Introducing chickens to resident dogs


Jul 13, 2020
Southern Arizona
How do you introduce your dogs to chickens?

Our dogs are big (60+ lb) shelter mutts. They're mellow, well-behaved, middle-aged. They despise cats and express mild interest in wild rabbits when we're on walks. They don't show any interest in chasing wild birds, e.g. roadrunners or turkeys.

One dog likes to eat lizards. 🤢 He was a stray and I assume that's what he did to survive. Sometimes he will still hunt and eat them in the yard and the other dog will join in the hunt (we feed them plenty of very good food, I promise, they do not need to eat lizards)! Otherwise I haven't seen either demonstrate much of a prey drive.

We pass by other coops and chickens on our neighborhood walks. The dogs sniff at the fence and the chickens will come right up to the fence (!) and the dogs don't show any interest in them, in fact they get bored if we stop there for too long. "We don't care about these birds, can't we continue on the walk?" 😄 Of course it might be different if the chickens are in our yard but I'm hoping this is an indication the dogs can be indifferent to them.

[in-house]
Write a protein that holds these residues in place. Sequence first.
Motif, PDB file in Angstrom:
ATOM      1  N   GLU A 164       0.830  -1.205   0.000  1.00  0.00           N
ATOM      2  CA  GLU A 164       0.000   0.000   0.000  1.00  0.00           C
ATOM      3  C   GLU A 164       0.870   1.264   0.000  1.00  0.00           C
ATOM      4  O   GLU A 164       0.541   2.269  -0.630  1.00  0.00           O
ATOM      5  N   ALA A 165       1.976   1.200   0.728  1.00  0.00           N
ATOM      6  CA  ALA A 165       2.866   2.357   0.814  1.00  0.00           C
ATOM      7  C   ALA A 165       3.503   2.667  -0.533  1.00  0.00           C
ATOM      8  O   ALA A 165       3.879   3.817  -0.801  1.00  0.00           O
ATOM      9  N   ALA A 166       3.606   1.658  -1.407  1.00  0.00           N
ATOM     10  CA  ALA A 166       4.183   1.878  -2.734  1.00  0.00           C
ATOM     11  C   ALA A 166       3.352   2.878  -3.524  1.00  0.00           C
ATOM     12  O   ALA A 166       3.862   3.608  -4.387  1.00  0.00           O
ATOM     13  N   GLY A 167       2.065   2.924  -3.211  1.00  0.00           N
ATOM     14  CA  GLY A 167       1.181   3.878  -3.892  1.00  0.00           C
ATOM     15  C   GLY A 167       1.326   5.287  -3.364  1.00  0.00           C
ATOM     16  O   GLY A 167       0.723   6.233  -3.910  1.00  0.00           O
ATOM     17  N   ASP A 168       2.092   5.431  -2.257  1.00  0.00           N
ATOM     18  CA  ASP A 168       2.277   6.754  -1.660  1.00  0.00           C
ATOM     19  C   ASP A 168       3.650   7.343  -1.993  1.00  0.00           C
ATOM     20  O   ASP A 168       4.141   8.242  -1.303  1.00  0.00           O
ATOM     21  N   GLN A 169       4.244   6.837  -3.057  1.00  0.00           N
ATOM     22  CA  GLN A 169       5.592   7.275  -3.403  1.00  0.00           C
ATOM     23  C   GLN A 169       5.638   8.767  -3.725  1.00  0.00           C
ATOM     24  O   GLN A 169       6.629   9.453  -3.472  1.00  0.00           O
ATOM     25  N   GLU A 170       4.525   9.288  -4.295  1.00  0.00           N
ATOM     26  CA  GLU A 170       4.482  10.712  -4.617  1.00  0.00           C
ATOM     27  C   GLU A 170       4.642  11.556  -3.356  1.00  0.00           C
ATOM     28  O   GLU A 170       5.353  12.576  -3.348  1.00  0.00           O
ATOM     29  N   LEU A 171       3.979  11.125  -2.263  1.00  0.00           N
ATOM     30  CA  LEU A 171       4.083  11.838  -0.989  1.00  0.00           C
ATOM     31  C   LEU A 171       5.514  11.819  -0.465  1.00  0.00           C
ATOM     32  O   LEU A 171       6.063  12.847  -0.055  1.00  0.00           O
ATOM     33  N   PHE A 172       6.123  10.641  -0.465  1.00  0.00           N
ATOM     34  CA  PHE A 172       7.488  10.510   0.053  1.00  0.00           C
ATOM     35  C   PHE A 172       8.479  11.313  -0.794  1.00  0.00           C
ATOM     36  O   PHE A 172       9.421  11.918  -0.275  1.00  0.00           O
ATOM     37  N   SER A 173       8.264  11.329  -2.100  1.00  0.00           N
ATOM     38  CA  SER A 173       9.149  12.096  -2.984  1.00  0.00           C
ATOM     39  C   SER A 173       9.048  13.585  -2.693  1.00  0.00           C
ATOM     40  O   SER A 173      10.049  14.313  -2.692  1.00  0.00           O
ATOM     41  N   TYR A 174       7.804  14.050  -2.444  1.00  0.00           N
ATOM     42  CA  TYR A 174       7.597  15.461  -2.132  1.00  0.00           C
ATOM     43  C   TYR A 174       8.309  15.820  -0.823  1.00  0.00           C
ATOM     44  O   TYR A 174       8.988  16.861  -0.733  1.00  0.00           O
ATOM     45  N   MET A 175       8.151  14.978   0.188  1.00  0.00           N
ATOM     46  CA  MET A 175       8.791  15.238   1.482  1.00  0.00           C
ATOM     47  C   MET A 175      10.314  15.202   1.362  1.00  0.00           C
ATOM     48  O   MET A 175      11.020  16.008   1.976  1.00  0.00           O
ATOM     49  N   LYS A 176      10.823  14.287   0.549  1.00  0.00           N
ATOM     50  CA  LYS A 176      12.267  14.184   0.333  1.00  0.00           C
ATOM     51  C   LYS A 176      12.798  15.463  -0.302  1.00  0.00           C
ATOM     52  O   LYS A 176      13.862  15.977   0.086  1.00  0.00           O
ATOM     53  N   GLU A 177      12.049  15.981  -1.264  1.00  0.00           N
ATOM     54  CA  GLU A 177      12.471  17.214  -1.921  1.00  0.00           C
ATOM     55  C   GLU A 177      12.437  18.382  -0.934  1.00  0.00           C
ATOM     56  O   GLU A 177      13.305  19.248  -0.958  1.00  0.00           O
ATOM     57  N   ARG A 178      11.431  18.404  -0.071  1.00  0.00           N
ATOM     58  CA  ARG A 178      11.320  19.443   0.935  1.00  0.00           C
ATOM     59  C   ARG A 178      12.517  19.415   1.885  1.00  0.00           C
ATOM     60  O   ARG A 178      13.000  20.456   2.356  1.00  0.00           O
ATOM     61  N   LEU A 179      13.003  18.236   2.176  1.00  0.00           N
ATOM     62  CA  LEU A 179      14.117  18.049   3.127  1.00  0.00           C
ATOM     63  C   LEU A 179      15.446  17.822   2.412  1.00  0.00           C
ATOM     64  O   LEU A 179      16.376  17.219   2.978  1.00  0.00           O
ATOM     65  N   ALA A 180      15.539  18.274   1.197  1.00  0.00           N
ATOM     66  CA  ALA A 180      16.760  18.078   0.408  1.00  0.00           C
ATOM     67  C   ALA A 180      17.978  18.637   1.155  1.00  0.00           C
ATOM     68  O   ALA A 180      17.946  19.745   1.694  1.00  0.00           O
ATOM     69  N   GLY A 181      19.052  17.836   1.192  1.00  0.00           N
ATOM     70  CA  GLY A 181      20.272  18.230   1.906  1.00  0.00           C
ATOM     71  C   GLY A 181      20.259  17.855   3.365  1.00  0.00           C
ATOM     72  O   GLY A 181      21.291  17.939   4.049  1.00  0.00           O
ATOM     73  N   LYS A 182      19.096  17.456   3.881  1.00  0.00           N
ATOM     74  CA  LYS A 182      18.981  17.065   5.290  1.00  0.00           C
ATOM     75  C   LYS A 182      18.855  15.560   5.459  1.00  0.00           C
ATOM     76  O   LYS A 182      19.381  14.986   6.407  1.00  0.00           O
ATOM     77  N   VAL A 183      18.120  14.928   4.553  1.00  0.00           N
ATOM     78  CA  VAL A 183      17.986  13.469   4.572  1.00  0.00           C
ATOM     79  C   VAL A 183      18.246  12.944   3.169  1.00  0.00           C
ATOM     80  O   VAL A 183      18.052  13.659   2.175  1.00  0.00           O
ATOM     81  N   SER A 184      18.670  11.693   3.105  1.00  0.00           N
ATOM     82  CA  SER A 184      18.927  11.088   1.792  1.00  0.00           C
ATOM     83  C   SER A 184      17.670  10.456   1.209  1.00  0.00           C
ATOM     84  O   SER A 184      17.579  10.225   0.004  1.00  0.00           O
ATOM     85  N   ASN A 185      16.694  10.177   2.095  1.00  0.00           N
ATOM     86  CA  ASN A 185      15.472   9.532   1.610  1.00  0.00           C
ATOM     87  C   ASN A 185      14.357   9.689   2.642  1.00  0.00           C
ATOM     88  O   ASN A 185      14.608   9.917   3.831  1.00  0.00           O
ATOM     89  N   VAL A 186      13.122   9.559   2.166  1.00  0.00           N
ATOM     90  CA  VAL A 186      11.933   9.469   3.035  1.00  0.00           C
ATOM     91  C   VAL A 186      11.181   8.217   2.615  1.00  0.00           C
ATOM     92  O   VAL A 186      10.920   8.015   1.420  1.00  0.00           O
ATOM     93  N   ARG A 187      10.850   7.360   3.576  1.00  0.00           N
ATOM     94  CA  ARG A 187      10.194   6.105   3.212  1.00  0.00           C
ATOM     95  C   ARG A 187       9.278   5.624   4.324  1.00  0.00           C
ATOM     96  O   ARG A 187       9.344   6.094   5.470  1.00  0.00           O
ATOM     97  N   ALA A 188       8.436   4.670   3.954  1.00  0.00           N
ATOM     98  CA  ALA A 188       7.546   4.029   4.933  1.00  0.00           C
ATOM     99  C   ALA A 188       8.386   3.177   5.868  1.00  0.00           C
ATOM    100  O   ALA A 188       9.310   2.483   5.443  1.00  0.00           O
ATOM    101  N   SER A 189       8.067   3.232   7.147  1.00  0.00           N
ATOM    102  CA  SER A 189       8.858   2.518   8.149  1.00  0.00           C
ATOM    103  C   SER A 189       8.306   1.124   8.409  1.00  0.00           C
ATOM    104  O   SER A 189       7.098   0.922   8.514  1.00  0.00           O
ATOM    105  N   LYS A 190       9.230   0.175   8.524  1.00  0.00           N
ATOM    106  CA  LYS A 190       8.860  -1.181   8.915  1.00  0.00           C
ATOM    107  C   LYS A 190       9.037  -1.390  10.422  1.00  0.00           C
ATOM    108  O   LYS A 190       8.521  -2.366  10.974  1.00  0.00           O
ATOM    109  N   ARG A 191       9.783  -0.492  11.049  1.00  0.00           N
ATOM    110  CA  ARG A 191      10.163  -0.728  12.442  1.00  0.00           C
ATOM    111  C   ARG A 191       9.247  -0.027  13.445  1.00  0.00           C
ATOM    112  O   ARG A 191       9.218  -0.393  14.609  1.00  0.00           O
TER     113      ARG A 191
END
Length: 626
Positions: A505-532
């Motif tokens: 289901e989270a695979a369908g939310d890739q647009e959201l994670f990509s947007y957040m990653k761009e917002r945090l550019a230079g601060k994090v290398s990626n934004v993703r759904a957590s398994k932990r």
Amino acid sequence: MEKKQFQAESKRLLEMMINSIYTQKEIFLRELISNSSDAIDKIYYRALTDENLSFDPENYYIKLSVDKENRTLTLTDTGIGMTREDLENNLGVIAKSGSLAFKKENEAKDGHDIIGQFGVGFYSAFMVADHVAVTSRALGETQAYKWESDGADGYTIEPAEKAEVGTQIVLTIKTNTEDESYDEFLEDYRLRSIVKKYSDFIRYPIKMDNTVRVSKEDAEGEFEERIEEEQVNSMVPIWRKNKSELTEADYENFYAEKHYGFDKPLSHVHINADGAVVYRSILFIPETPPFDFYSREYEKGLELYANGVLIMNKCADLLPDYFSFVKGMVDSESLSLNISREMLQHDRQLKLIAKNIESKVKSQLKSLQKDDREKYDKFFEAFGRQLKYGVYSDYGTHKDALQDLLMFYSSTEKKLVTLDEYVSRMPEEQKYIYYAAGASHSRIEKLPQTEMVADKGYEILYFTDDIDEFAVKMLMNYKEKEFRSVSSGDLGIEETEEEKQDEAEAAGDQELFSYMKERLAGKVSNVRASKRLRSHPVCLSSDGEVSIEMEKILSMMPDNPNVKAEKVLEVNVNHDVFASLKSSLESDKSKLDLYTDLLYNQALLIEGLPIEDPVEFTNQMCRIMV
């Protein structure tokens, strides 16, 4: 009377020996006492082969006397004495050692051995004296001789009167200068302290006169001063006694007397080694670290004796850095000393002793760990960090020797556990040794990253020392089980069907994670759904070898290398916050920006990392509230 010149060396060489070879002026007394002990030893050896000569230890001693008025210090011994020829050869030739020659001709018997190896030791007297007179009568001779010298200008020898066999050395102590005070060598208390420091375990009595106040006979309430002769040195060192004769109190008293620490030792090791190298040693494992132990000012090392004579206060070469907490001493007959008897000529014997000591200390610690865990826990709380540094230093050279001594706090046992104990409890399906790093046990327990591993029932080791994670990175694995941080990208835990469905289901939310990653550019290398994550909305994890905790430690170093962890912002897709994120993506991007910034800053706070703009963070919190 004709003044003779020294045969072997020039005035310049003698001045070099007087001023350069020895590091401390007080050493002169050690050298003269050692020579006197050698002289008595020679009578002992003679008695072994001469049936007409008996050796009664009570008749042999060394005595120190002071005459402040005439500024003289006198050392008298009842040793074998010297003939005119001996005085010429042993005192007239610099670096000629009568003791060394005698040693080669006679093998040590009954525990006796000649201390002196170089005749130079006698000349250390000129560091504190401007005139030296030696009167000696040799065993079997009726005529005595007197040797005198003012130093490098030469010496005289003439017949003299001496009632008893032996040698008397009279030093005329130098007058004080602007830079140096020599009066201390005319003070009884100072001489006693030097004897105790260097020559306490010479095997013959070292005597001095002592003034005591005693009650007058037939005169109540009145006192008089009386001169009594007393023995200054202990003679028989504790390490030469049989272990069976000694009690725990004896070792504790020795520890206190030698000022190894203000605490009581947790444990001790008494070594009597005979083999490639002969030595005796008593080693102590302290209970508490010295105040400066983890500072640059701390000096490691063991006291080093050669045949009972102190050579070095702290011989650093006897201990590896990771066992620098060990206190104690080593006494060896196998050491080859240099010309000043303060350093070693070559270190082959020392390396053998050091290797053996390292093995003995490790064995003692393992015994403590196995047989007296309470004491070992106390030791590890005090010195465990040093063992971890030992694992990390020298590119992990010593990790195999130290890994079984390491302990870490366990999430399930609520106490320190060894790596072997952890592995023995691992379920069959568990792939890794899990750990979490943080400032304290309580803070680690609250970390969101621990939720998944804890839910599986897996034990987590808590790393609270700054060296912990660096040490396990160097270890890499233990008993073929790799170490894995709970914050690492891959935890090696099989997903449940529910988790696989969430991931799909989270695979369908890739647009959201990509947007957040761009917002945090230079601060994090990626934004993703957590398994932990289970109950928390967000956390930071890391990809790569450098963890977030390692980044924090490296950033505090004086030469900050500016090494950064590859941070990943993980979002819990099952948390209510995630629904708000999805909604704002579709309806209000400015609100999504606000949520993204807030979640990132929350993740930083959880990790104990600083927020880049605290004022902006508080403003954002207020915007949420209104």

We never leave the dogs in the backyard (where the coop/run is being built) unsupervised, we're always out there with them. The coop and run will be completely enclosed in hardware cloth and will have a predator apron. The dogs will not be allowed inside the coop/run.

Any advice on helping establish the chickens as "friends not food?"
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Crossing the Road
8 Years
Jun 23, 2013
The Big Island/Hawaii
It's really hard to say, only you know what your dogs are capable of and their personalities but the best thing to do is making sure the chickens coop/run is secure. Hardware cloth is good, having a predator apron great ... Unfortunately some think chicken wire is enough but it's really just to keep the chickens in and won't keep anything out.

I keep "backyard" chickens (3 -6) in a confined Chicken House (8x12x7) that is open air; chicken wire on all four sides & metal roofing; it does get hot & humid here. I recently adopted a dog (Pit/Catahoula mix) and he basically leaves them alone. Although if they were to get out, know he'd chase.